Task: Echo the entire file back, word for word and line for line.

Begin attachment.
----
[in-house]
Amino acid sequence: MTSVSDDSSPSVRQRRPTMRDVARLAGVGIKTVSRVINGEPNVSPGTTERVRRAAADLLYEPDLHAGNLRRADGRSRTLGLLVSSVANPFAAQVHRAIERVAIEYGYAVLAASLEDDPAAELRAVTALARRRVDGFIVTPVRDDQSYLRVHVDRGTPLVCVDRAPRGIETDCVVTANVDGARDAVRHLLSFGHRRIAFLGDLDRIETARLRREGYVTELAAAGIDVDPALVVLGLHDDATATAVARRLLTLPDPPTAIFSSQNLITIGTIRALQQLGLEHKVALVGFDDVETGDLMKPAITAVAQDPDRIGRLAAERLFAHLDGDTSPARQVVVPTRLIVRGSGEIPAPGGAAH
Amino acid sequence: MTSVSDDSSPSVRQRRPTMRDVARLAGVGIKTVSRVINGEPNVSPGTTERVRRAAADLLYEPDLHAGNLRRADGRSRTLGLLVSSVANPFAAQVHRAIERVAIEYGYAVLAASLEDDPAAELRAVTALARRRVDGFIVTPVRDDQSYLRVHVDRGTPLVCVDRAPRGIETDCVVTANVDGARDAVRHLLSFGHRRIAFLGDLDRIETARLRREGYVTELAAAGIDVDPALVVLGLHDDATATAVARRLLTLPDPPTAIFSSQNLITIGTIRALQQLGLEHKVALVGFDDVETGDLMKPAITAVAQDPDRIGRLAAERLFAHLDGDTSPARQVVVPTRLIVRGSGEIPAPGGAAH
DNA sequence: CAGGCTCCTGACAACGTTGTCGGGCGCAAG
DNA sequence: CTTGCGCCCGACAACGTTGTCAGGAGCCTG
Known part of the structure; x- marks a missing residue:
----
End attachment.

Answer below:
[in-house]
Amino acid sequence: MTSVSDDSSPSVRQRRPTMRDVARLAGVGIKTVSRVINGEPNVSPGTTERVRRAAADLLYEPDLHAGNLRRADGRSRTLGLLVSSVANPFAAQVHRAIERVAIEYGYAVLAASLEDDPAAELRAVTALARRRVDGFIVTPVRDDQSYLRVHVDRGTPLVCVDRAPRGIETDCVVTANVDGARDAVRHLLSFGHRRIAFLGDLDRIETARLRREGYVTELAAAGIDVDPALVVLGLHDDATATAVARRLLTLPDPPTAIFSSQNLITIGTIRALQQLGLEHKVALVGFDDVETGDLMKPAITAVAQDPDRIGRLAAERLFAHLDGDTSPARQVVVPTRLIVRGSGEIPAPGGAAH
Amino acid sequence: MTSVSDDSSPSVRQRRPTMRDVARLAGVGIKTVSRVINGEPNVSPGTTERVRRAAADLLYEPDLHAGNLRRADGRSRTLGLLVSSVANPFAAQVHRAIERVAIEYGYAVLAASLEDDPAAELRAVTALARRRVDGFIVTPVRDDQSYLRVHVDRGTPLVCVDRAPRGIETDCVVTANVDGARDAVRHLLSFGHRRIAFLGDLDRIETARLRREGYVTELAAAGIDVDPALVVLGLHDDATATAVARRLLTLPDPPTAIFSSQNLITIGTIRALQQLGLEHKVALVGFDDVETGDLMKPAITAVAQDPDRIGRLAAERLFAHLDGDTSPARQVVVPTRLIVRGSGEIPAPGGAAH
DNA sequence: CAGGCTCCTGACAACGTTGTCGGGCGCAAG
DNA sequence: CTTGCGCCCGACAACGTTGTCAGGAGCCTG
Known part of the structure; x- marks a missing residue: